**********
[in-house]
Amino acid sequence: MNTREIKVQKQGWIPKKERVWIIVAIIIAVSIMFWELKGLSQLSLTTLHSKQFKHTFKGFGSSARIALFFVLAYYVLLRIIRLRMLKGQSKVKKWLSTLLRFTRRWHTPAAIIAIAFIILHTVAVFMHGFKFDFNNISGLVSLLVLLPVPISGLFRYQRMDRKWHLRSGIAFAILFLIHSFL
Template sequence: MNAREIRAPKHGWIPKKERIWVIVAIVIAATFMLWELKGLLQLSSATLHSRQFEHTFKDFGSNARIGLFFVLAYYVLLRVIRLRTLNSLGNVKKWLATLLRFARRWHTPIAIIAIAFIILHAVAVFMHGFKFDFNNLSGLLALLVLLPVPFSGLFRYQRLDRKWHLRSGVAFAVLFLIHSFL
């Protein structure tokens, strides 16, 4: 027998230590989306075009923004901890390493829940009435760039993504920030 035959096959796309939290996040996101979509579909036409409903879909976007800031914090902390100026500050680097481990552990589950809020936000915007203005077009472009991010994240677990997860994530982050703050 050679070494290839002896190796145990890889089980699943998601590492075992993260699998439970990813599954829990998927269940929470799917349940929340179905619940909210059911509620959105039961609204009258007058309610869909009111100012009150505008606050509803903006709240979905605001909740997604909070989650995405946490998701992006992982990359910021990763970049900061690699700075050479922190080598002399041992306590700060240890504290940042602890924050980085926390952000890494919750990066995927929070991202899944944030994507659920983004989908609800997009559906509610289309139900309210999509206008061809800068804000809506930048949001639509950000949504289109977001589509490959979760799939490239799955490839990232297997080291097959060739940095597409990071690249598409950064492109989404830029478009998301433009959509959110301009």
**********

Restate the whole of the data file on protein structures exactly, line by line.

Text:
[in-house]
Amino acid sequence: MNTREIKVQKQGWIPKKERVWIIVAIIIAVSIMFWELKGLSQLSLTTLHSKQFKHTFKGFGSSARIALFFVLAYYVLLRIIRLRMLKGQSKVKKWLSTLLRFTRRWHTPAAIIAIAFIILHTVAVFMHGFKFDFNNISGLVSLLVLLPVPISGLFRYQRMDRKWHLRSGIAFAILFLIHSFL
Template sequence: MNAREIRAPKHGWIPKKERIWVIVAIVIAATFMLWELKGLLQLSSATLHSRQFEHTFKDFGSNARIGLFFVLAYYVLLRVIRLRTLNSLGNVKKWLATLLRFARRWHTPIAIIAIAFIILHAVAVFMHGFKFDFNNLSGLLALLVLLPVPFSGLFRYQRLDRKWHLRSGVAFAVLFLIHSFL
């Protein structure tokens, strides 16, 4: 027998230590989306075009923004901890390493829940009435760039993504920030 035959096959796309939290996040996101979509579909036409409903879909976007800031914090902390100026500050680097481990552990589950809020936000915007203005077009472009991010994240677990997860994530982050703050 050679070494290839002896190796145990890889089980699943998601590492075992993260699998439970990813599954829990998927269940929470799917349940929340179905619940909210059911509620959105039961609204009258007058309610869909009111100012009150505008606050509803903006709240979905605001909740997604909070989650995405946490998701992006992982990359910021990763970049900061690699700075050479922190080598002399041992306590700060240890504290940042602890924050980085926390952000890494919750990066995927929070991202899944944030994507659920983004989908609800997009559906509610289309139900309210999509206008061809800068804000809506930048949001639509950000949504289109977001589509490959979760799939490239799955490839990232297997080291097959060739940095597409990071690249598409950064492109989404830029478009998301433009959509959110301009």